I have very few regrets in life… but I can honestly say that going to college is one of them.

I don’t feel like I learned much or came out the other side with many benefits, just a drinking habit and a whole lot of debt.

Let’s be honest, anyone who spent four years in undergrad knows that it’s a crock (of shit, that is). Your degree hasn’t gotten you anywhere and you’re drowning in debt. You went to college because that’s what people do, right? Well, yes. But what if instead of testing the limits of your liver at the local CC, you traveled the world.

Could you do it? Would you have?

Except for the obvious professions (medical, law, etc.), your future employer probably won’t really care about where you went to college or if you earned a degree. They look for experience, ambition and how you present yourself, none of which come with a college price tag.

Ask any un or underemployed college grad (they’re everywhere these days) how much their degree has helped them in finding a job or how much they remember from their statistics class and chances are, it’s not much.

When the material isn’t right in front of us, we have a tendency to forget. That being said, with a new job comes new skills and whether or not you learned them in college, you’ll have to learn them again on the job.

And don’t even get me started on college debt, it hurts my brain.

Unless you’re a trust fund kid or get a full scholarship somewhere, expect to leave college with massive amounts of student loans. I don’t even want to think about the $500/ month payment I’ll be forking over for the next ten years, and that’s not even the high end of the spectrum. It really limits your opportunities as well, think of all the things you could do with $500 per month, that’s a plane ticket across the country or three months rent in Morocco.

Raise your hand if you have ever been personally victimized by Sallie Mae. *raises hand in shame*

Speaking of money, you know that quote, “travel is the only thing you buy that makes you richer,”? There’s a reason it’s plastered all over everyone’s Instagram accounts. It’s true. Whether bungee jumping in South Africa, bathing an elephant in Southeast Asia or volcano boarding in Nicaragua, these things will all enrich your life in a way you’d never get stumbling home from a frat party.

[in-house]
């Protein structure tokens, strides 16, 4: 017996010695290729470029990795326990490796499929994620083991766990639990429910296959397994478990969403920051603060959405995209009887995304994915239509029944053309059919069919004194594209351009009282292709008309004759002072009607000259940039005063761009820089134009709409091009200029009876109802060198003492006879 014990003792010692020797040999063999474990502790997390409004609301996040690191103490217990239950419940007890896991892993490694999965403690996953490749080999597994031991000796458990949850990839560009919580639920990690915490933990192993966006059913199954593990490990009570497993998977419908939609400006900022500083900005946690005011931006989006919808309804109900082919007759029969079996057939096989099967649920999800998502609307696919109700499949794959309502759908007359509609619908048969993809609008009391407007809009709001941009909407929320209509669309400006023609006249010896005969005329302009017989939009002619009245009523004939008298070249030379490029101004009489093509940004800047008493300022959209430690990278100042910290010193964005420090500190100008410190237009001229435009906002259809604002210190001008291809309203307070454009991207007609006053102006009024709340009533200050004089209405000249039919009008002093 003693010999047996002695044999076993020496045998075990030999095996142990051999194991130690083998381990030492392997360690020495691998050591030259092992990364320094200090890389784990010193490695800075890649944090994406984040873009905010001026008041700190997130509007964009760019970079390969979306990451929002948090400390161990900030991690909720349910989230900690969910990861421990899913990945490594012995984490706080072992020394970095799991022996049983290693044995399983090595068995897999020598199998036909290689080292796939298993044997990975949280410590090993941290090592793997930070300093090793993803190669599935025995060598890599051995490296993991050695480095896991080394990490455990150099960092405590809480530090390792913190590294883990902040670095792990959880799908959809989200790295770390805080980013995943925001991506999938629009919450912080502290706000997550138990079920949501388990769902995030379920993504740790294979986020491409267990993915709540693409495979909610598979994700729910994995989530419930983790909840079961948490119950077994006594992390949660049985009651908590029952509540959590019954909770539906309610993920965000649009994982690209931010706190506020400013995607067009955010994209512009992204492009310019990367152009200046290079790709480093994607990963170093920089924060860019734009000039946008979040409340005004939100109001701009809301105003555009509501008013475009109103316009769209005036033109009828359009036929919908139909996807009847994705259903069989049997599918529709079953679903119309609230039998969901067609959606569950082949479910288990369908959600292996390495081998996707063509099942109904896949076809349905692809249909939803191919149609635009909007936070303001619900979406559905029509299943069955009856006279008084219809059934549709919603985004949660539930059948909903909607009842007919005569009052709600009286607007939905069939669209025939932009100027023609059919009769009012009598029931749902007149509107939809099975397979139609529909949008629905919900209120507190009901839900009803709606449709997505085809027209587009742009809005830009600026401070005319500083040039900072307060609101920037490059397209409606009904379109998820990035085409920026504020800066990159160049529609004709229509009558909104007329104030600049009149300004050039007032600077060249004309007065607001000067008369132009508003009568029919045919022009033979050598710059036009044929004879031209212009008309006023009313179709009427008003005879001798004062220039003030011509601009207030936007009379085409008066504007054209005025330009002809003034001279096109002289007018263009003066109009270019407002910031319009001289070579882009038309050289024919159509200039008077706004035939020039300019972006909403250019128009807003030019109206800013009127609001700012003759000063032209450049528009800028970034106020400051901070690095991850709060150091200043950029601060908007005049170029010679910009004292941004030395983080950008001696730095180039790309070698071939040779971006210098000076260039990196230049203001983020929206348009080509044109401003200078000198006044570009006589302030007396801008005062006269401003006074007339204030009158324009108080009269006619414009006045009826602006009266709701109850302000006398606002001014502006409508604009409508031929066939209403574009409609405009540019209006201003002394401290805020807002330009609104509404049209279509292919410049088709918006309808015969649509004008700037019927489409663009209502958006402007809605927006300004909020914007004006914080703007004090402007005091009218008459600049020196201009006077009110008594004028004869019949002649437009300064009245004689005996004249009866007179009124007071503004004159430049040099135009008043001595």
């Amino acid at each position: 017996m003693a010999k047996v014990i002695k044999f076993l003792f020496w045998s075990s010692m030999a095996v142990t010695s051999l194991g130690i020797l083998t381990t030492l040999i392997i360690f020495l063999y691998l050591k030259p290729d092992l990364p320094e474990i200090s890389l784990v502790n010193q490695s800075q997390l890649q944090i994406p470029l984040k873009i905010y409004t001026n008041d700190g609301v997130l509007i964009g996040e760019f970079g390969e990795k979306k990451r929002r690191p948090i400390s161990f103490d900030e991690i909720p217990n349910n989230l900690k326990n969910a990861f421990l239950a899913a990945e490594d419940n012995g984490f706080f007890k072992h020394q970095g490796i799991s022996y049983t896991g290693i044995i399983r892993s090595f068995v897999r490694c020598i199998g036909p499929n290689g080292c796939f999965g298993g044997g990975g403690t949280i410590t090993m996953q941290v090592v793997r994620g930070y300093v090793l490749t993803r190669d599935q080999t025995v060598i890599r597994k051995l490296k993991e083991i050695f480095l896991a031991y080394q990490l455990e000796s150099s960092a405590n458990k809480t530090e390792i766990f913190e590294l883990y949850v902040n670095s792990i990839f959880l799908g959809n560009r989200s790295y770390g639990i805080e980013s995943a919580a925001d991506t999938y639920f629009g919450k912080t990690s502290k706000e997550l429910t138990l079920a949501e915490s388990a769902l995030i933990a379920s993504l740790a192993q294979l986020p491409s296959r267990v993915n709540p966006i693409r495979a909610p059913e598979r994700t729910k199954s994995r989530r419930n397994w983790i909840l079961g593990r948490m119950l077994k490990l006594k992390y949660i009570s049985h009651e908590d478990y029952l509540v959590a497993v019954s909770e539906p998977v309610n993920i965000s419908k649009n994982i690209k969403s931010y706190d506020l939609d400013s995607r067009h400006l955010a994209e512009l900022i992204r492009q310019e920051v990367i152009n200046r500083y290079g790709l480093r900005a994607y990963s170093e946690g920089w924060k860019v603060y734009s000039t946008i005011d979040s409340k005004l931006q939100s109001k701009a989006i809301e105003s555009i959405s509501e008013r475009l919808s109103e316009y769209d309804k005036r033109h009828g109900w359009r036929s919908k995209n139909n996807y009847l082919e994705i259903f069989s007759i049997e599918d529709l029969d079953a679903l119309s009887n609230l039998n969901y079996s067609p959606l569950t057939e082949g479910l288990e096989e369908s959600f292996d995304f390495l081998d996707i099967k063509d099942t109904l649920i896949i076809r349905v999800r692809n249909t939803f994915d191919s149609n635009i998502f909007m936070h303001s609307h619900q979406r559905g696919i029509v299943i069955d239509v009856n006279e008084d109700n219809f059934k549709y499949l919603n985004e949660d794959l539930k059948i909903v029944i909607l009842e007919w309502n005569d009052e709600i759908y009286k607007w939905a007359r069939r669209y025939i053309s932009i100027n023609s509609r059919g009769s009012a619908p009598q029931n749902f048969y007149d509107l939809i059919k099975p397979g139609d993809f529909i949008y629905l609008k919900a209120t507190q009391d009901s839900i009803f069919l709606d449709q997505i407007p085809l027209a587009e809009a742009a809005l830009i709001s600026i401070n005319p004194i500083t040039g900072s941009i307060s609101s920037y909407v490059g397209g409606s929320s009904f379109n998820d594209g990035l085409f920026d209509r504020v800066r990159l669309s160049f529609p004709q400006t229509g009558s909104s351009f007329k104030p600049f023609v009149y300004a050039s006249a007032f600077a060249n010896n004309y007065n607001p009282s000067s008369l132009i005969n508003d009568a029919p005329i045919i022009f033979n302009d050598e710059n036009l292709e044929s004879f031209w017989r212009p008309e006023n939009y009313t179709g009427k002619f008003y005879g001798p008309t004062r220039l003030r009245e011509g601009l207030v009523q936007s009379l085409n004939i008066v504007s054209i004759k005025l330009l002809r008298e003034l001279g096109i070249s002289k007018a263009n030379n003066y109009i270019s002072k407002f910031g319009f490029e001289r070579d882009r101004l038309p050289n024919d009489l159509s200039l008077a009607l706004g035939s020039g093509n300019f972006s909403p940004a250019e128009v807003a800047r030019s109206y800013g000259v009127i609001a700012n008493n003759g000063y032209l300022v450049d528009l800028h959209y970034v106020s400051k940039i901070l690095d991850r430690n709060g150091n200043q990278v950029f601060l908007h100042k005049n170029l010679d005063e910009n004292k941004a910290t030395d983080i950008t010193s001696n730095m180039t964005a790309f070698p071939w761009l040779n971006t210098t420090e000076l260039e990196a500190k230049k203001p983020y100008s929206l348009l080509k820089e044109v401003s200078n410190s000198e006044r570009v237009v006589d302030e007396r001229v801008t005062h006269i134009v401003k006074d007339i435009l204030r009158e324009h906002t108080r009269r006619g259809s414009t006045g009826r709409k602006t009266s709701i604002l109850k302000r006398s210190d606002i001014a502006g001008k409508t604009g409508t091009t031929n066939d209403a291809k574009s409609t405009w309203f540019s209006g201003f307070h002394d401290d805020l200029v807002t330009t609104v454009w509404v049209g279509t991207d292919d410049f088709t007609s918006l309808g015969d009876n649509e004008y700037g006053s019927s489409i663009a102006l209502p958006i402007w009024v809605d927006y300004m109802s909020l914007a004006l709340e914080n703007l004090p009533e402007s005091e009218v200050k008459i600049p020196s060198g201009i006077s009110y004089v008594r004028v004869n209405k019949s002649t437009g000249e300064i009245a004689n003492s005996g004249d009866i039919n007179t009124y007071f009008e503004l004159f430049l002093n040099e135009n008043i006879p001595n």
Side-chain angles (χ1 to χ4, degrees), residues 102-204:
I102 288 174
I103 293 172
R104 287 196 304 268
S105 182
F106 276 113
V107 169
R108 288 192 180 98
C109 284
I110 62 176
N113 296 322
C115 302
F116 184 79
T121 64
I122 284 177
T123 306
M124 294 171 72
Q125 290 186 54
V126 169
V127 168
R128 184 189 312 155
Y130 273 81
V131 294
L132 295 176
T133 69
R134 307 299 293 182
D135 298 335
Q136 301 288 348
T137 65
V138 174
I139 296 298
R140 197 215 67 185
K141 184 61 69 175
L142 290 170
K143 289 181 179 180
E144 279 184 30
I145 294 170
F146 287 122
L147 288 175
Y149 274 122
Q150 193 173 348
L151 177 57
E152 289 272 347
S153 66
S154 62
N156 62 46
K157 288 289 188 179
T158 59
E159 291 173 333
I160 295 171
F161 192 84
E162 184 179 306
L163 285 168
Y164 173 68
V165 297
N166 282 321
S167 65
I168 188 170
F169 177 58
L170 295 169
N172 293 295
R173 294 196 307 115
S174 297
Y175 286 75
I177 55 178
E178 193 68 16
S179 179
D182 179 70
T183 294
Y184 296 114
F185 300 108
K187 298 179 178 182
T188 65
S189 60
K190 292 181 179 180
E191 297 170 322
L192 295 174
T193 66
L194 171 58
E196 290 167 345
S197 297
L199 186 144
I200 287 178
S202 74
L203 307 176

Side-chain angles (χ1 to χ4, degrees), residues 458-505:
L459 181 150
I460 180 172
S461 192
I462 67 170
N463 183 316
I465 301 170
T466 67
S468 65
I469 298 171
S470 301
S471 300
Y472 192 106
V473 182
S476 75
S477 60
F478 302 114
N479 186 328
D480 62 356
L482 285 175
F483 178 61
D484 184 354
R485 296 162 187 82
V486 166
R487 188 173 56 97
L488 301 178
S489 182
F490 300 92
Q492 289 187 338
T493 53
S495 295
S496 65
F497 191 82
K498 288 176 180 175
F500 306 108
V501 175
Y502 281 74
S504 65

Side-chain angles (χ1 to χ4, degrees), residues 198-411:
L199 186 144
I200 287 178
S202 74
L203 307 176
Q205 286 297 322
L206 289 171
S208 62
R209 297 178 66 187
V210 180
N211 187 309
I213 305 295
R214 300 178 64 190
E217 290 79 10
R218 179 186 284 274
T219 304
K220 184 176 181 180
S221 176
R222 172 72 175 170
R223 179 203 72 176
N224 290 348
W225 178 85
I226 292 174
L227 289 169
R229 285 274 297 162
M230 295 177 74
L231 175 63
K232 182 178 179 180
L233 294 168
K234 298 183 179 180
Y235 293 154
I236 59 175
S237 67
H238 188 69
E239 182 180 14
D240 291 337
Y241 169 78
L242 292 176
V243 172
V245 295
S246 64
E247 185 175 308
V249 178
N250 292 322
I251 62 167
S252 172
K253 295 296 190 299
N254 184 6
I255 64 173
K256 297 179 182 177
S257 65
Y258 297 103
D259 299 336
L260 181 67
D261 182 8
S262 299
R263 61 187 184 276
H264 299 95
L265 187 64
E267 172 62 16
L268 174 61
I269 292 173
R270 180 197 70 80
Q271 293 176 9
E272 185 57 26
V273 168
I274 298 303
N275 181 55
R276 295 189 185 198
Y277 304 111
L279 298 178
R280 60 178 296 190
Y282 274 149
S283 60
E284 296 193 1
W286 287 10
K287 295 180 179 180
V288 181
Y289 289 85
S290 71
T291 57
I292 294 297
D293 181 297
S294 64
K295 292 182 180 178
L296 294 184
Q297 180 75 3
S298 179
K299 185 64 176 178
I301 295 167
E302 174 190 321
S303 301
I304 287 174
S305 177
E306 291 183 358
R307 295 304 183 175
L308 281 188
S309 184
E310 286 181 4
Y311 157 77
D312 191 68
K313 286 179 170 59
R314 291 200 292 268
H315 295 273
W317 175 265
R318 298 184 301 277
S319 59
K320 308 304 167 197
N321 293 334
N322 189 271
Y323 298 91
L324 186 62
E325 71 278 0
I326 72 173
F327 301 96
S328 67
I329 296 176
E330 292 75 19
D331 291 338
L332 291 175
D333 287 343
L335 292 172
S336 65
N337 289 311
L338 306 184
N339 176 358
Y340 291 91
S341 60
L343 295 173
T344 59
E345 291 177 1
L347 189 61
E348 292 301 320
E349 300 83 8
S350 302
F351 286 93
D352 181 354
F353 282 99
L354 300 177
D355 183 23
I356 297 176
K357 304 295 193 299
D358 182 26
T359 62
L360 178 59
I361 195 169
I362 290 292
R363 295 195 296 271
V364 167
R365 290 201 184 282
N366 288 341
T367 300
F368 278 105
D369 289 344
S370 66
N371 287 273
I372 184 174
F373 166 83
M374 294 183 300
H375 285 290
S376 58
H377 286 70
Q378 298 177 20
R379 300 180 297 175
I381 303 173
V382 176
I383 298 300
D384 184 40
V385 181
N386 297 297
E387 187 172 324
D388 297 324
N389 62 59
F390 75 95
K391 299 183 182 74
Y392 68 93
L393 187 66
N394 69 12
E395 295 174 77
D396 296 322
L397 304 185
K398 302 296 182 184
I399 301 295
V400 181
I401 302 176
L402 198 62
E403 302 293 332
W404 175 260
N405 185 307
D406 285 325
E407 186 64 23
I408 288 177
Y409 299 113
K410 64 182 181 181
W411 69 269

And with every experience, you will learn.

You’ll learn about yourself, who you are and what makes you happy.

You’ll learn how to manage your money, so that you can afford rent and still have enough left over to go to that crazy full moon party. You will learn how to communicate and connect with people whose first language is not English and that the world is much bigger (and smaller) than you thought.

You will learn independence in a way that doing your laundry (all by yourself!) in a college dorm basement never could have taught you. You’ll push yourself mentally and physically and discover yourself in the process.

Traveling also gives you the wonderful freedom to reinvent yourself.

Whether you were a popular pretty bitch, a virgin computer nerd or thirty pounds heavier in high school, nobody has to know. When you’re moving around a lot and meeting new people, you can be whoever you want. Nobody will know your story and you can use this rare opportunity to put your best self forward with an entirely new audience. Try doing that in college cliques.

But won’t you be missing all the crazy parties?

If you don’t think travelers party, think again. You can still have amazing experiences getting drunk and acting a fool with your friends but instead of being at some sweaty dive bar with a bunch of people from the next town over, you’ll be dancing on a beach, in Thailand, with people from all over the world, sand in your hair and watching the sunset over the ocean.

These are things that can’t be taught in a classroom. Sure you can read about it, but why not live it? Get out there and see for yourself.

This all might sound preachy and like I’m living in a dream world. But I’m allowed, because I spent four years at a university and if I could do it all over again, I would choose life experience over formal education in a heartbeat.

Not going to college is a big decision and one that you have to make carefully, but if you dare to be different and take control of your own future, instead of letting society pressure you into what you “should” do, I can guarantee you will come out with a thousand years worth of unforgettable experiences and a view on life you could never get in a classroom.

 What do you think?
Did you go to college? Why or why not and if you did, would you do it again?
Let us know in the comments!

 

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